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Finding My Next Bootstrapped Business Idea (derrickreimer.com)
190 points by derrickreimer on May 28, 2019 | hide | past | favorite | 48 comments

"The market must already exist". I think trying to find a brand new market is one of the biggest mistakes many founders make when trying to come up with a startup idea. An existing market indicates that demand already exists!

And when "no market need" is the most common reason startups fail [1], this seems to be often overlooked.

[1] https://www.cbinsights.com/research/startup-failure-reasons-...

You're exactly right, but I think the real world is even more more nuanced than that (particularly when it comes to software).

Some markets just don't exist, period. Think nail polish for pet turtles. It's easy to figure this out, because every pet turtle owner tells you "I wouldn't buy this". There's no two ways about it. You know exactly where you stand.

This is infinitely better than the alternative, which is selling a product that kind-of fits, to a market that kind-of exists. You've identified a problem, everyone is saying "great idea, love the design, etc" - but hardly anyone's buying. They all stall, or come up with excuses as to why they can't buy, even though they say the product is great.

Both are cases of "no market demand", but the former is an infinitely better place to be. You know exactly where you stand and what needs to be done - scrap everything and start over.

The latter is a very dangerous place to be. It's easy to give yourself any number of options - "maybe we just need a (UI redesign|new website|better marketing materials)". But fundamentally, the product is flawed. You haven't really found a market need. Odds are you've identified a market want. This is something that's nice for people to have (and that they might be happy to use). But it's not compelling enough to reach into your pocket and pay for.

This is an acute problem in software because

(a) we tend to be builders at heart, so we favour making things over identifying customer needs.

(b) it's relatively cheap to build something. Other industries have significantly higher barriers to entry, meaning you (usually) need to secure customers and funding before the production/manufacturing phase.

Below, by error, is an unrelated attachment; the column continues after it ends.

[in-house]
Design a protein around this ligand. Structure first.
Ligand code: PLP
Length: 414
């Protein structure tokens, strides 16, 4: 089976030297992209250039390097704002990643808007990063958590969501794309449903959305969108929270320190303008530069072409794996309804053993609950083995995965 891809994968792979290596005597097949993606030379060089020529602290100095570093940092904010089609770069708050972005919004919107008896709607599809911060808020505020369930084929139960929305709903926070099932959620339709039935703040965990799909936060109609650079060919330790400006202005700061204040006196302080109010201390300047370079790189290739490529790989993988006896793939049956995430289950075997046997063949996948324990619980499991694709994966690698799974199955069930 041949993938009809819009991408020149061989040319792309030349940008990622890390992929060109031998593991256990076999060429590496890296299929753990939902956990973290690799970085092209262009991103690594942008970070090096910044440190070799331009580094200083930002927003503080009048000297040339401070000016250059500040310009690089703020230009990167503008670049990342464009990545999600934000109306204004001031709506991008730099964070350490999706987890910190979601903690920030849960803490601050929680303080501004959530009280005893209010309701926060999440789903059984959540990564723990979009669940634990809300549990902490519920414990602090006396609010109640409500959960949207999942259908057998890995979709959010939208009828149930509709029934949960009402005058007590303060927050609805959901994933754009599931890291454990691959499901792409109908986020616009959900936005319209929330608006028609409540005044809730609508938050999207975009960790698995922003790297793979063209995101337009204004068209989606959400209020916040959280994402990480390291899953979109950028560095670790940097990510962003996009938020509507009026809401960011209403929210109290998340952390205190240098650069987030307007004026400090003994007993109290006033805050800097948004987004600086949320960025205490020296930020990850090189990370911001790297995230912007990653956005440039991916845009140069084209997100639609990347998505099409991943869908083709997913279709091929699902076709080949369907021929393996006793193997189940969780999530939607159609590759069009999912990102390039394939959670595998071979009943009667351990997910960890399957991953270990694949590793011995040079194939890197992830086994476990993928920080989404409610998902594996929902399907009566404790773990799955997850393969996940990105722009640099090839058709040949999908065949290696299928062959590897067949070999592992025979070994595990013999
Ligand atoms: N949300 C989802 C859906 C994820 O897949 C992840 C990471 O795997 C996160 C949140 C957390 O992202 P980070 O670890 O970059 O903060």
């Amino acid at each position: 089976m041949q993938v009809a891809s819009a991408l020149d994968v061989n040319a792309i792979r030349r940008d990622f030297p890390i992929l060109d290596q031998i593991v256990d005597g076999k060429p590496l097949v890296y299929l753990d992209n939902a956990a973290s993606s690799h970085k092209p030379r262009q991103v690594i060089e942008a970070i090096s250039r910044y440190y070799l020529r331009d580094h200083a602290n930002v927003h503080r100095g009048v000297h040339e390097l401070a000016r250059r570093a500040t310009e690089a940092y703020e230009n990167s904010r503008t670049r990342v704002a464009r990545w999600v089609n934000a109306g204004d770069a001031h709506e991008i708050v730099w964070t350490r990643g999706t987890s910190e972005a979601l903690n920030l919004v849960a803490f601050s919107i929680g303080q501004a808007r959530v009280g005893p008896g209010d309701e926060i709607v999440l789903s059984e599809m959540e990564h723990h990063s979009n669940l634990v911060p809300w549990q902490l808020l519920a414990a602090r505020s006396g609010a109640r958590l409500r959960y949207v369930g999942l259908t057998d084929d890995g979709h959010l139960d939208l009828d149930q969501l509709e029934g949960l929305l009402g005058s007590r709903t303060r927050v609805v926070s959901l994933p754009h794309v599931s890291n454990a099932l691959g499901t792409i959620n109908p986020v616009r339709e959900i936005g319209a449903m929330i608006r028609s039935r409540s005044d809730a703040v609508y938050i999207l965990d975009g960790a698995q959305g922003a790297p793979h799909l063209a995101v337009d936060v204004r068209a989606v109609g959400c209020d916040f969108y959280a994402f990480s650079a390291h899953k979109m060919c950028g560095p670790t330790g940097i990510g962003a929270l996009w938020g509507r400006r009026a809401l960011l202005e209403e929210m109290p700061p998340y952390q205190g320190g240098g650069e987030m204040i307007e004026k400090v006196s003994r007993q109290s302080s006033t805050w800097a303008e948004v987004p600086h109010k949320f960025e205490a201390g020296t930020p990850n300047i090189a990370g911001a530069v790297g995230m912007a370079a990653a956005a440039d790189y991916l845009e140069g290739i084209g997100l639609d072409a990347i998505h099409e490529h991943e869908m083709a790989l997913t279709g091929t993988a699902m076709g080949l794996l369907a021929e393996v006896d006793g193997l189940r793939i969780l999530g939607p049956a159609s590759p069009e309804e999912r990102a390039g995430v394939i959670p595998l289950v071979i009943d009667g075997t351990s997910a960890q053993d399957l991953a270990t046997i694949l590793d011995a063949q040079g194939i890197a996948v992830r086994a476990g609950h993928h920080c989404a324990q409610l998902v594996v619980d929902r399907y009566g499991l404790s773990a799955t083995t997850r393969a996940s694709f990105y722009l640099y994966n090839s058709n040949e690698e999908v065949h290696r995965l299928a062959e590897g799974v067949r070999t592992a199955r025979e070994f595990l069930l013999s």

Great points here. It's very tricky to get accurate information from potential customers. The fact that there is demand for what you want to build is a necessary, but not sufficient quality -- you must dig deeper to make sure the pain is bad enough for someone to adopt your product / switch from whatever they are doing now. I have to remind myself of this constantly :).

I think it might be time to go beyond the idea that there are "markets" at all. That's just a vision inherited from mass-produced consumer goods that are all similar.

In reality, demand is much more malleable, and what people want and how those wants coalesce in different product categories is what defines the structure of those "markets."

People would do far better to start from first principles and understand what desires, wants and needs they want to serve, understand what products/"markets" serve those needs, and build products to satisfy them.

Unless of course you just enjoy the distribution advantage given by building something in an entrenched category. But then don't talk about your "tech" "startup" or about "innovation". You're just doing a cookie cutter product like everyone else.

Hey Derrick! I don't have much to say, except that I really enjoyed your site's design. Good luck!

EDIT: Now that I've read through your article: I'm the founder behind browserless.io. Your outline is great, and is the same rough rubric I've used before. If you ever want to chat about anything, let me know! You're totally right: this thing is hard, and having more successes/failures doesn't make it any easier sadly. Lot's of dice rolling and trying.

Thank you!

I would like to know your opinion on "When to drop the ball when trying to build a business?" You need to persevere, but like playing poker, you invested so much energy that it might be hard to pull the plug. Success might be just around the corner...

Totally! To clarify, by the "drop the ball" do you mean knowing when to call it quits if something is not working out? I recently wrote about my experience with that: https://www.derrickreimer.com/essays/2019/05/17/im-walking-a...

My friend Justin Jackson also published a good article about this too: https://justinjackson.ca/giveup

Thanks to you, I finally read The Mom Test. It was extremely insightful alongside your written experience.

That's awesome!

You are referring to sunk cost fallacy.

Hi Derrick, looking at the criteria you listed I would say you probably could find some interesting ideas in the real estate sector. I created an open source real estate website builder and though that hasn't made me any money, it got me enough contacts and insights into the sector to make me realise how much potential there is there.

I am happy to have a chat if you want to know more. My plan is to launch a product in that space in the next 6 months

I worked for a real estate company for a number of years and have watched the behavior of agents over a longer period of time.

I'd advise anyone working in the software side of real estate to target anyone other than real estate agents (brokers, title, inspectors, etc) as customers. The churn is punishing, there's a lot of competition and many agents do a small number of deals/year.